Glutamate transporters are essential for recovery of the neurotransmitter glutamate from the synaptic cleft. Crystal structures in the outward- and inward-facing conformations of a glutamate transporter homolog from archaebacterium Pyrococcus horikoshii, sodium/aspartate symporter GltPh, suggested the molecular basis of the transporter cycle. However, dynamic studies of the transport mechanism have been sparse and indirect. Here we present high-speed atomic force microscopy (HS-AFM) observations of membrane-reconstituted GltPh at work. HS-AFM movies provide unprecedented real-space and real-time visualization of the transport dynamics. Our results show transport mediated by large amplitude 1.85-nm "elevator" movements of the transport domains consistent with previous crystallographic and spectroscopic studies. Elevator dynamics occur in the absence and presence of sodium ions and aspartate, but stall in sodium alone, providing a direct visualization of the ion and substrate symport mechanism. We show unambiguously that individual protomers within the trimeric transporter function fully independently.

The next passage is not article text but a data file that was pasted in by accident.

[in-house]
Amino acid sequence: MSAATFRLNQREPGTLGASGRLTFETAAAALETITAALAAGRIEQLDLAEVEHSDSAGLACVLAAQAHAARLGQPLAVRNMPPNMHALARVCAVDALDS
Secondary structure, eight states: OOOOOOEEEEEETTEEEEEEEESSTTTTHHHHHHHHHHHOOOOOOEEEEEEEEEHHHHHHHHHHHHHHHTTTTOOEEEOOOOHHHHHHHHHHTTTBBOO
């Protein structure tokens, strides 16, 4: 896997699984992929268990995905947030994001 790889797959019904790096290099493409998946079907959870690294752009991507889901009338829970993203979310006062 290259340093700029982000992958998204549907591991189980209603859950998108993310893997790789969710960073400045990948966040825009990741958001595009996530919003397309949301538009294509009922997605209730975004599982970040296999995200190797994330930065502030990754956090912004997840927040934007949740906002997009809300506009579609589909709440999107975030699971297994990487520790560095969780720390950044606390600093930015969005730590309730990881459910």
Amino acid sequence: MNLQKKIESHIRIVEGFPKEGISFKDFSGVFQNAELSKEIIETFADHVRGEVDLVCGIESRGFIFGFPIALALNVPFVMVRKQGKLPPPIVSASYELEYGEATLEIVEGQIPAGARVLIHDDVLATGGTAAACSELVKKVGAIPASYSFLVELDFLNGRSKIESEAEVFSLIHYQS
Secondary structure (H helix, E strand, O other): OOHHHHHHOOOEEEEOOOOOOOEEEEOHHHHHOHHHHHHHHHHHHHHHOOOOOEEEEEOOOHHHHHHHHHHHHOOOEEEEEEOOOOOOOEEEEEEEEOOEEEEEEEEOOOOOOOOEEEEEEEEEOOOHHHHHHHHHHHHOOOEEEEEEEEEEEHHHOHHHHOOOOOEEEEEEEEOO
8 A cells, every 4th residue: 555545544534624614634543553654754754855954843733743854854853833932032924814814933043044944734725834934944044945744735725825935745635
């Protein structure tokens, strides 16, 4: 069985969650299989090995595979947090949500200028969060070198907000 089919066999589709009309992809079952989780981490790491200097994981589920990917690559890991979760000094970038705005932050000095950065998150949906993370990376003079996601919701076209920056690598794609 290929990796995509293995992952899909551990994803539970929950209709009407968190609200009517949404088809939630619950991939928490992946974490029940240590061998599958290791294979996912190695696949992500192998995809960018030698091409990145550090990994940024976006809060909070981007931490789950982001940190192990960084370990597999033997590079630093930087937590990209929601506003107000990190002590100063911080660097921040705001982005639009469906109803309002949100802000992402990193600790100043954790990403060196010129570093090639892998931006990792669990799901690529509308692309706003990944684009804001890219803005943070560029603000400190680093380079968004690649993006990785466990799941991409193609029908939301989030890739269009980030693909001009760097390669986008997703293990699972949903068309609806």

Keywords: GltPh; HS-AFM; dynamics; elevator mechanism; transporter.